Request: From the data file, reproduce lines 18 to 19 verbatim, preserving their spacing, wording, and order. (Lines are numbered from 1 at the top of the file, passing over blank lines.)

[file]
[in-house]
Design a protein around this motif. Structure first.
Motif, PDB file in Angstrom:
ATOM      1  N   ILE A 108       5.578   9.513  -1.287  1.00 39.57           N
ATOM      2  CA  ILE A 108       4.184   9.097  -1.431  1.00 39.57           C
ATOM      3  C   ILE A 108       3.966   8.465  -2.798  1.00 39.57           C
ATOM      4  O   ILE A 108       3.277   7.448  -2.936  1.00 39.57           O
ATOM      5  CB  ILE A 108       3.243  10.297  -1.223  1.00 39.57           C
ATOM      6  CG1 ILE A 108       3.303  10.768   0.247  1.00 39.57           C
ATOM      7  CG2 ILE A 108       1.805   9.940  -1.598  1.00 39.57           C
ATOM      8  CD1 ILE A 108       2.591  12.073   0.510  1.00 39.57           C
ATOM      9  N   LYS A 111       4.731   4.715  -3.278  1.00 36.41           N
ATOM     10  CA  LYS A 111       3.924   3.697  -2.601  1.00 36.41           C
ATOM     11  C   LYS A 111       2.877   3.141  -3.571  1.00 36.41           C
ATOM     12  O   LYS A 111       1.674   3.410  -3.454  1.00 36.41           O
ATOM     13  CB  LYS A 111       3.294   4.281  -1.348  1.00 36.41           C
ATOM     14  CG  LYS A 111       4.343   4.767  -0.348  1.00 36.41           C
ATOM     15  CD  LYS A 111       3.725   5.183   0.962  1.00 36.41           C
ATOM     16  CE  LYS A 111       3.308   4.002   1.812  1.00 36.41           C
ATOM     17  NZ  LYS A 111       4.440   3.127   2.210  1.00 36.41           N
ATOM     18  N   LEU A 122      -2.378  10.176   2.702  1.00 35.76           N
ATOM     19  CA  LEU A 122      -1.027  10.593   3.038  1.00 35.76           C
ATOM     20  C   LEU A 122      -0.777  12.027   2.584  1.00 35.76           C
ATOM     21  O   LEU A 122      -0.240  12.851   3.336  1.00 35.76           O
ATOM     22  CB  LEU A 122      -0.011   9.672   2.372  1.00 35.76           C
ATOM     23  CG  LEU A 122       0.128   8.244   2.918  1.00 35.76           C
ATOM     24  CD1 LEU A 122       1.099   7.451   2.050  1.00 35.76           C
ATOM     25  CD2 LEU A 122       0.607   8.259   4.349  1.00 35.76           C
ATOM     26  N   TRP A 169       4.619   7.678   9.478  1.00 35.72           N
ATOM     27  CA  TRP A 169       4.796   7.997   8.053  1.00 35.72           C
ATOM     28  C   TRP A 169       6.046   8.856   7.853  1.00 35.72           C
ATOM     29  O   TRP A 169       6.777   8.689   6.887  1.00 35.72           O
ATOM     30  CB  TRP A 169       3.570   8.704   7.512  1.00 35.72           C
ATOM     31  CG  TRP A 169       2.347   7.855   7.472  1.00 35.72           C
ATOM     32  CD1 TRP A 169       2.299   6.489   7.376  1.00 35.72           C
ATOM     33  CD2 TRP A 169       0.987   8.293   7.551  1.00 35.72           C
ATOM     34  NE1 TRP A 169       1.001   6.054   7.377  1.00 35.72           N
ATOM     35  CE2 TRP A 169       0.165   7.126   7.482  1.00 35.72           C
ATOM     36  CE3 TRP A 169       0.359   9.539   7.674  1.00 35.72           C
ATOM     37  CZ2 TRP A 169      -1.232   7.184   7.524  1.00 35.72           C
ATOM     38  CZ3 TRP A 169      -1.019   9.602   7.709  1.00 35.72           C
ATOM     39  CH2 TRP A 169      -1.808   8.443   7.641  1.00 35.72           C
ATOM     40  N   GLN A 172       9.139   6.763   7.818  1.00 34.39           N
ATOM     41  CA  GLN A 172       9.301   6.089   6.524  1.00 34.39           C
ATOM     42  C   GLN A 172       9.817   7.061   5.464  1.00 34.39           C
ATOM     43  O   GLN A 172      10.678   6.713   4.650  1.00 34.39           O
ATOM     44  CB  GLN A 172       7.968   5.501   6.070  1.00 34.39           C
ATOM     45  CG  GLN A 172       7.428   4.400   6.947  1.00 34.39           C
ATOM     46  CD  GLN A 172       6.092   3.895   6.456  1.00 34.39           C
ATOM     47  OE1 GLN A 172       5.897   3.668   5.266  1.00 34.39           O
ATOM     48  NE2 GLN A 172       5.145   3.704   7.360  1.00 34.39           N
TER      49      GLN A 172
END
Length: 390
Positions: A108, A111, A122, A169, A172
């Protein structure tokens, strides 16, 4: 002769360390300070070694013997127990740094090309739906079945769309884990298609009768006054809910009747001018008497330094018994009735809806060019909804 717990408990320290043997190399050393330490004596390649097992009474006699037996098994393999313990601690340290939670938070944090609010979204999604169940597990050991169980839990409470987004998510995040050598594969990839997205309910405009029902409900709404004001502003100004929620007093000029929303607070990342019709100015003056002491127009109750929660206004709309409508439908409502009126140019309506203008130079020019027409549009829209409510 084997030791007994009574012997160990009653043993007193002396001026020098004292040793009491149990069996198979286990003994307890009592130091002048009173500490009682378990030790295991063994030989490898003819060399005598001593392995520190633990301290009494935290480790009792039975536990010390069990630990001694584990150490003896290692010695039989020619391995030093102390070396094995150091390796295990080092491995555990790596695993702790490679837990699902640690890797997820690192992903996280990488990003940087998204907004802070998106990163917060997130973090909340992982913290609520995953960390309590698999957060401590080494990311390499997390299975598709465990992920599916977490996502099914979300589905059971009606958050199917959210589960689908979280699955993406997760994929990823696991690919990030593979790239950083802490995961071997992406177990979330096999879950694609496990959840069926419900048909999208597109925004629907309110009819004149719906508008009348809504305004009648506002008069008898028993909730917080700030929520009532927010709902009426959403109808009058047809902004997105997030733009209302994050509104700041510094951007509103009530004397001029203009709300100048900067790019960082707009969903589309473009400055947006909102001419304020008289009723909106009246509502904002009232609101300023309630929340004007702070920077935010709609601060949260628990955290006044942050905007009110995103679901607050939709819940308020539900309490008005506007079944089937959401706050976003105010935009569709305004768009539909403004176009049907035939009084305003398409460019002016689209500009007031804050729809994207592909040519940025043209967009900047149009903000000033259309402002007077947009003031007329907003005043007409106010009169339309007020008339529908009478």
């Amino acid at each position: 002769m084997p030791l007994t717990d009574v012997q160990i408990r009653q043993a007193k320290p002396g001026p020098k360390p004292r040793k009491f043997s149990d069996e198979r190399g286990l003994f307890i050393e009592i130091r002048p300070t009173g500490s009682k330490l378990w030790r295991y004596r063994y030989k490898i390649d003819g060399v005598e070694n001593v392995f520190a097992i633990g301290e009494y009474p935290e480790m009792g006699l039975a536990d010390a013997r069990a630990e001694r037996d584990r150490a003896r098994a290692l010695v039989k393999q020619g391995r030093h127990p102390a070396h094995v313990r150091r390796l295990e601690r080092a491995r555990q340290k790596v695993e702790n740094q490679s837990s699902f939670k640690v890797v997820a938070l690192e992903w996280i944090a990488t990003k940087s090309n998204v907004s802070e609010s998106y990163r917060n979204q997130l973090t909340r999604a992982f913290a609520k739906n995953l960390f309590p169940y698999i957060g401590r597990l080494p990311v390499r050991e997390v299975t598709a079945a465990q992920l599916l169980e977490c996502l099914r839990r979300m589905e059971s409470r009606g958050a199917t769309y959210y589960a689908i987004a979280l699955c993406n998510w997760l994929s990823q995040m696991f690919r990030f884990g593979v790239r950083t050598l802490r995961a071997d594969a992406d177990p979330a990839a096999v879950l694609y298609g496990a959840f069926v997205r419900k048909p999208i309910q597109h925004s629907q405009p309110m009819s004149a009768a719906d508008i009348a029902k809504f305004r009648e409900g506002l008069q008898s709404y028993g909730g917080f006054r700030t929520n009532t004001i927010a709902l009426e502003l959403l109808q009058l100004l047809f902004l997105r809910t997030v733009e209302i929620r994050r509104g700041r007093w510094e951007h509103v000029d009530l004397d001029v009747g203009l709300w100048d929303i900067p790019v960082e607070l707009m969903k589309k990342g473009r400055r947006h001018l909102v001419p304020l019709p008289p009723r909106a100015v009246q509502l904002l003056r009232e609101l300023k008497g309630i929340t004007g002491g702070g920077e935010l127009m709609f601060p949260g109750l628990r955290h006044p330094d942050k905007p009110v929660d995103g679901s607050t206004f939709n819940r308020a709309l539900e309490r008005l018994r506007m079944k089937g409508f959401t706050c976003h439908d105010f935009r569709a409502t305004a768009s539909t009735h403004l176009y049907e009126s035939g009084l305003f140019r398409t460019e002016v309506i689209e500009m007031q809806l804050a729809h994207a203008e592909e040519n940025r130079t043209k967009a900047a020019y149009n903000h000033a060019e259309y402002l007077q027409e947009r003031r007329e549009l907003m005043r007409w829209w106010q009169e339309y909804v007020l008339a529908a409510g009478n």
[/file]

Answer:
ATOM     15  CD  LYS A 111       3.725   5.183   0.962  1.00 36.41           C
ATOM     16  CE  LYS A 111       3.308   4.002   1.812  1.00 36.41           C